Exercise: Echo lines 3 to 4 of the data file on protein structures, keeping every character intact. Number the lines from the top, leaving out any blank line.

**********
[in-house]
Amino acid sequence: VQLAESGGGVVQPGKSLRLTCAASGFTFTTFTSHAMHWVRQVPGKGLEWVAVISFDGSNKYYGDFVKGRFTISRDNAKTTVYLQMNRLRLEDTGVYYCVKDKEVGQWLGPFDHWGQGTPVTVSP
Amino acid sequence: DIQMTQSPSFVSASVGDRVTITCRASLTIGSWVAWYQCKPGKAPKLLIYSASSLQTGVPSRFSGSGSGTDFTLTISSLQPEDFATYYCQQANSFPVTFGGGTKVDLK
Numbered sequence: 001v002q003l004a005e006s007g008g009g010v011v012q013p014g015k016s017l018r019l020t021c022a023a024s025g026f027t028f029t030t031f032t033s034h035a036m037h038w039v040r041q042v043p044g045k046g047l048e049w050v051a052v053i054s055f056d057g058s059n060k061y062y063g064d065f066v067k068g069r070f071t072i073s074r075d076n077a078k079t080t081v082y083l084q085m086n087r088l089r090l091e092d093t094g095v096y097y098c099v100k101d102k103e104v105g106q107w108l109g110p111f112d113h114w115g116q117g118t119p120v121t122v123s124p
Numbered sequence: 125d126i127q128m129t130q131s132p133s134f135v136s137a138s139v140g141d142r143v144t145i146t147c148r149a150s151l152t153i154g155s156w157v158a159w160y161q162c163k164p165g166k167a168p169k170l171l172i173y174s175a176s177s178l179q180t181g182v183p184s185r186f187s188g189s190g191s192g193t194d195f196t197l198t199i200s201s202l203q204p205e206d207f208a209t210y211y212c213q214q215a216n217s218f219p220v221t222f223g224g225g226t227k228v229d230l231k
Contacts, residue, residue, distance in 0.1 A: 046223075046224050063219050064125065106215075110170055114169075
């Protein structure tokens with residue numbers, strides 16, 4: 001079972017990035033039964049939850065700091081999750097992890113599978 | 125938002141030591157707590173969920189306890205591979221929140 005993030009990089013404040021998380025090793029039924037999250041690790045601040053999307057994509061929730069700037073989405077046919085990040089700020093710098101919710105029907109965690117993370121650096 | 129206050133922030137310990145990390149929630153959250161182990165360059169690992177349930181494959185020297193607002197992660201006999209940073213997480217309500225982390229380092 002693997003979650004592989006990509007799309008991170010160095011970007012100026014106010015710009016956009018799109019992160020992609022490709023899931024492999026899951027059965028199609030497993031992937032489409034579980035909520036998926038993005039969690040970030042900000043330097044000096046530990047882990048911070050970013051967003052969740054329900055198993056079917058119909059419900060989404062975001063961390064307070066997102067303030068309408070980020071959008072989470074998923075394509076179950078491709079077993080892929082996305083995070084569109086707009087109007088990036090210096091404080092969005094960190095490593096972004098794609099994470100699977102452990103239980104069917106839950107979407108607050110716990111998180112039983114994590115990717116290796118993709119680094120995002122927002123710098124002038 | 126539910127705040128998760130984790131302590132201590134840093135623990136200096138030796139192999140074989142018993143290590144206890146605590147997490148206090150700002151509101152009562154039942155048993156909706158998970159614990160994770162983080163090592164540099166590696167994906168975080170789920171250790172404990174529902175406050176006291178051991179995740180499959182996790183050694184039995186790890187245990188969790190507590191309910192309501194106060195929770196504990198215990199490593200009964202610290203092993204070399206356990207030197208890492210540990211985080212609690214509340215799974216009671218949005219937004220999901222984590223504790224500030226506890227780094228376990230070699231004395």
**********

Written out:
Amino acid sequence: DIQMTQSPSFVSASVGDRVTITCRASLTIGSWVAWYQCKPGKAPKLLIYSASSLQTGVPSRFSGSGSGTDFTLTISSLQPEDFATYYCQQANSFPVTFGGGTKVDLK
Numbered sequence: 001v002q003l004a005e006s007g008g009g010v011v012q013p014g015k016s017l018r019l020t021c022a023a024s025g026f027t028f029t030t031f032t033s034h035a036m037h038w039v040r041q042v043p044g045k046g047l048e049w050v051a052v053i054s055f056d057g058s059n060k061y062y063g064d065f066v067k068g069r070f071t072i073s074r075d076n077a078k079t080t081v082y083l084q085m086n087r088l089r090l091e092d093t094g095v096y097y098c099v100k101d102k103e104v105g106q107w108l109g110p111f112d113h114w115g116q117g118t119p120v121t122v123s124p